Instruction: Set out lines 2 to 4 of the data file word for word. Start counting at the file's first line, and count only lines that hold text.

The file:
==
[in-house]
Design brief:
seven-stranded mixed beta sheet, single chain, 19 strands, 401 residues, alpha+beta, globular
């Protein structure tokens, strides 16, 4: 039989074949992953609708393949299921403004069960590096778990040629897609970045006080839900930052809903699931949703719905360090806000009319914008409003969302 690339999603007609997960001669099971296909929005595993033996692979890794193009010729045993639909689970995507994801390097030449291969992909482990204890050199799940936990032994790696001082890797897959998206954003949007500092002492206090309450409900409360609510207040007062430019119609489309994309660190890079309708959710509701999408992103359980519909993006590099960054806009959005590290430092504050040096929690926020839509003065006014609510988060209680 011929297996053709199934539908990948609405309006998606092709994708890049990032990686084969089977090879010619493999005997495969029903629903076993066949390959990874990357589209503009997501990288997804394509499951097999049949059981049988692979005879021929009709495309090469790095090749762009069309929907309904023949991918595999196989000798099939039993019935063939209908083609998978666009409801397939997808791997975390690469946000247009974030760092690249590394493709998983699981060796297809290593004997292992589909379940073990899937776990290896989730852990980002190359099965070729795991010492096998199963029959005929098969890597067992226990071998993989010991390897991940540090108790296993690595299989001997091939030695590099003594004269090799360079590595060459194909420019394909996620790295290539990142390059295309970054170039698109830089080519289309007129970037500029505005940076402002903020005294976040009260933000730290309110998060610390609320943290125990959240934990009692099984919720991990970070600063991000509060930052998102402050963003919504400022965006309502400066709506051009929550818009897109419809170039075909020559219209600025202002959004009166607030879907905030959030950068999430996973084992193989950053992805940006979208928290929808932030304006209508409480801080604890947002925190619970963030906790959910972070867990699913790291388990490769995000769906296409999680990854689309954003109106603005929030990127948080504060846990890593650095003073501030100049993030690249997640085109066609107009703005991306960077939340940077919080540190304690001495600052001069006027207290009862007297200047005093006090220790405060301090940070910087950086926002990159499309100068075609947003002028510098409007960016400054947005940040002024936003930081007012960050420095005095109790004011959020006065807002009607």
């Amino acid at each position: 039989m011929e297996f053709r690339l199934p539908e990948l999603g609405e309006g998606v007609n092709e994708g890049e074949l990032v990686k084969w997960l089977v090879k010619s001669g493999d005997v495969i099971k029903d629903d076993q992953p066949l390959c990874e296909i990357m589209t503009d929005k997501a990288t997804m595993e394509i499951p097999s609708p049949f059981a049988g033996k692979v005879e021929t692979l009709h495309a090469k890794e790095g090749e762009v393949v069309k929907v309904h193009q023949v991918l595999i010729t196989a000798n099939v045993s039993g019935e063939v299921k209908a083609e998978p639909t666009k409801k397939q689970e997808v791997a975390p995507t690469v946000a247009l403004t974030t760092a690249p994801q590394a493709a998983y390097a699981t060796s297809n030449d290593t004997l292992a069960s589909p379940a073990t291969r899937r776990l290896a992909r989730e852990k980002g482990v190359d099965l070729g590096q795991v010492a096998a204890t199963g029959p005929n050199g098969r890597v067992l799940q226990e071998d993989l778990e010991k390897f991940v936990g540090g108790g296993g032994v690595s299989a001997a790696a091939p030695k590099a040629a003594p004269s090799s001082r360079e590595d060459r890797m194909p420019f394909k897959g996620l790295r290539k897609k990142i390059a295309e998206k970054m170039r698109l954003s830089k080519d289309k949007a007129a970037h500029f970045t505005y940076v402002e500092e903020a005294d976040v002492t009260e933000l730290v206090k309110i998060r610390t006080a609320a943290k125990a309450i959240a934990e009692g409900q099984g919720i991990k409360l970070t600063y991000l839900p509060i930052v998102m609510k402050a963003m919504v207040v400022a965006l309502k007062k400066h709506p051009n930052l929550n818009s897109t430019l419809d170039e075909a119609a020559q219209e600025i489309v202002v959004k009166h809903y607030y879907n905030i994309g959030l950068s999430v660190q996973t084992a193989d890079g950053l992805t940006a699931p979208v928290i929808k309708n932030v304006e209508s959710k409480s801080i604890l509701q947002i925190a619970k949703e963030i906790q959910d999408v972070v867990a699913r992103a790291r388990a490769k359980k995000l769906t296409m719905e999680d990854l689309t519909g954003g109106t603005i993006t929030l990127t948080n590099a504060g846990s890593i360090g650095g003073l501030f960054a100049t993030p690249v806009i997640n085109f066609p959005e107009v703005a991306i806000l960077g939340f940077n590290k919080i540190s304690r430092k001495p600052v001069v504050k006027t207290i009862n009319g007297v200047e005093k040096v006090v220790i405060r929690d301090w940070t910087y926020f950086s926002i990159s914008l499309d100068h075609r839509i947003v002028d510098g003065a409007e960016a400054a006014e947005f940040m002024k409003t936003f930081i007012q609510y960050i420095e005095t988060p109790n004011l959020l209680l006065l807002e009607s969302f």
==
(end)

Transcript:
Design brief:
seven-stranded mixed beta sheet, single chain, 19 strands, 401 residues, alpha+beta, globular
């Protein structure tokens, strides 16, 4: 039989074949992953609708393949299921403004069960590096778990040629897609970045006080839900930052809903699931949703719905360090806000009319914008409003969302 690339999603007609997960001669099971296909929005595993033996692979890794193009010729045993639909689970995507994801390097030449291969992909482990204890050199799940936990032994790696001082890797897959998206954003949007500092002492206090309450409900409360609510207040007062430019119609489309994309660190890079309708959710509701999408992103359980519909993006590099960054806009959005590290430092504050040096929690926020839509003065006014609510988060209680 011929297996053709199934539908990948609405309006998606092709994708890049990032990686084969089977090879010619493999005997495969029903629903076993066949390959990874990357589209503009997501990288997804394509499951097999049949059981049988692979005879021929009709495309090469790095090749762009069309929907309904023949991918595999196989000798099939039993019935063939209908083609998978666009409801397939997808791997975390690469946000247009974030760092690249590394493709998983699981060796297809290593004997292992589909379940073990899937776990290896989730852990980002190359099965070729795991010492096998199963029959005929098969890597067992226990071998993989010991390897991940540090108790296993690595299989001997091939030695590099003594004269090799360079590595060459194909420019394909996620790295290539990142390059295309970054170039698109830089080519289309007129970037500029505005940076402002903020005294976040009260933000730290309110998060610390609320943290125990959240934990009692099984919720991990970070600063991000509060930052998102402050963003919504400022965006309502400066709506051009929550818009897109419809170039075909020559219209600025202002959004009166607030879907905030959030950068999430996973084992193989950053992805940006979208928290929808932030304006209508409480801080604890947002925190619970963030906790959910972070867990699913790291388990490769995000769906296409999680990854689309954003109106603005929030990127948080504060846990890593650095003073501030100049993030690249997640085109066609107009703005991306960077939340940077919080540190304690001495600052001069006027207290009862007297200047005093006090220790405060301090940070910087950086926002990159499309100068075609947003002028510098409007960016400054947005940040002024936003930081007012960050420095005095109790004011959020006065807002009607």